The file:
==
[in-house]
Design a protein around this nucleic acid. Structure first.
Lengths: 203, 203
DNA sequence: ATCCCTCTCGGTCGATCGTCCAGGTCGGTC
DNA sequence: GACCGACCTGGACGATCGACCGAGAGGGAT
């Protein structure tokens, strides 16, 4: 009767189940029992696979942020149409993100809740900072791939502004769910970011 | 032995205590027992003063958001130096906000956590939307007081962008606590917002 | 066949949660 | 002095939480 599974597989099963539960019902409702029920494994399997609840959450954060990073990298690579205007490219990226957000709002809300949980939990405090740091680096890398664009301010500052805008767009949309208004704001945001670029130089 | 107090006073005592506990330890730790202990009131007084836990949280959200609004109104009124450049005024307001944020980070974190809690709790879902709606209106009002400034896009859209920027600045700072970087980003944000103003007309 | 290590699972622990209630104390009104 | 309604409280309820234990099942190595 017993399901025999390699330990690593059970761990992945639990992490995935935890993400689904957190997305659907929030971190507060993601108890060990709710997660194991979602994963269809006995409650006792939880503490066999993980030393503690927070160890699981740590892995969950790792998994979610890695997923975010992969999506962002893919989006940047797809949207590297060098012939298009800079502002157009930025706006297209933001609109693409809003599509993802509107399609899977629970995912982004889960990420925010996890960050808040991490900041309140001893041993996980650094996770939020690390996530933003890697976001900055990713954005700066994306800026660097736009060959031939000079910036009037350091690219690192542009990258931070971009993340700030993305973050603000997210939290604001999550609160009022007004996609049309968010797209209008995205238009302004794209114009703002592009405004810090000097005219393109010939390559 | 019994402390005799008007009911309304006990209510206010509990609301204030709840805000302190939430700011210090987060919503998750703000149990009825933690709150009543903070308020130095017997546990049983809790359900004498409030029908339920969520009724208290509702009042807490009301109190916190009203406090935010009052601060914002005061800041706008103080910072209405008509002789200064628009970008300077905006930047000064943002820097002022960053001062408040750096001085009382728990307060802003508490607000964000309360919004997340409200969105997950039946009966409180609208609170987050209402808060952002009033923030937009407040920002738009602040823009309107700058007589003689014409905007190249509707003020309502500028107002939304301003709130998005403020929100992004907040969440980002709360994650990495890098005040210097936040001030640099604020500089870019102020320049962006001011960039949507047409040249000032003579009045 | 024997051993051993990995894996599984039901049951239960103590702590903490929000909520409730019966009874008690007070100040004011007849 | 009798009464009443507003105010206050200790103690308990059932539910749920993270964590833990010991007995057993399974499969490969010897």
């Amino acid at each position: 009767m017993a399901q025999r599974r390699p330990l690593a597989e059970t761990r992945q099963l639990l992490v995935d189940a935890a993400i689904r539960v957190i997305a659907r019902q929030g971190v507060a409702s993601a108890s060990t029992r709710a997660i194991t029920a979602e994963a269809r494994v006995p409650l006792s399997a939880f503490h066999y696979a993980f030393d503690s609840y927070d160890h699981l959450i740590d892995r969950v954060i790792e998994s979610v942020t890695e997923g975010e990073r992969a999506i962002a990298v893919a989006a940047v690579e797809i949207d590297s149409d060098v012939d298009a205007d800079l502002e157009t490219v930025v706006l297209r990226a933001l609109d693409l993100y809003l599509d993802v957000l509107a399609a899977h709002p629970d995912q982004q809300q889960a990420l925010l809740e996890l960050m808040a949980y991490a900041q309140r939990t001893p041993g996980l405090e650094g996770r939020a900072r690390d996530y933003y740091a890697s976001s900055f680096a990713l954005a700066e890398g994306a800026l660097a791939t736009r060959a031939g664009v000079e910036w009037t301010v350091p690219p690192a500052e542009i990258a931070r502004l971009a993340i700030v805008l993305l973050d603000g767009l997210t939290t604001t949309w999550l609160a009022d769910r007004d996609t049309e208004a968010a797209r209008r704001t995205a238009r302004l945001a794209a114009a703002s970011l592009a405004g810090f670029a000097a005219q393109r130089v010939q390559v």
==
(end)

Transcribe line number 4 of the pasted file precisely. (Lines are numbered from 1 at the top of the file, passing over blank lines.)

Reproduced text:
DNA sequence: ATCCCTCTCGGTCGATCGTCCAGGTCGGTC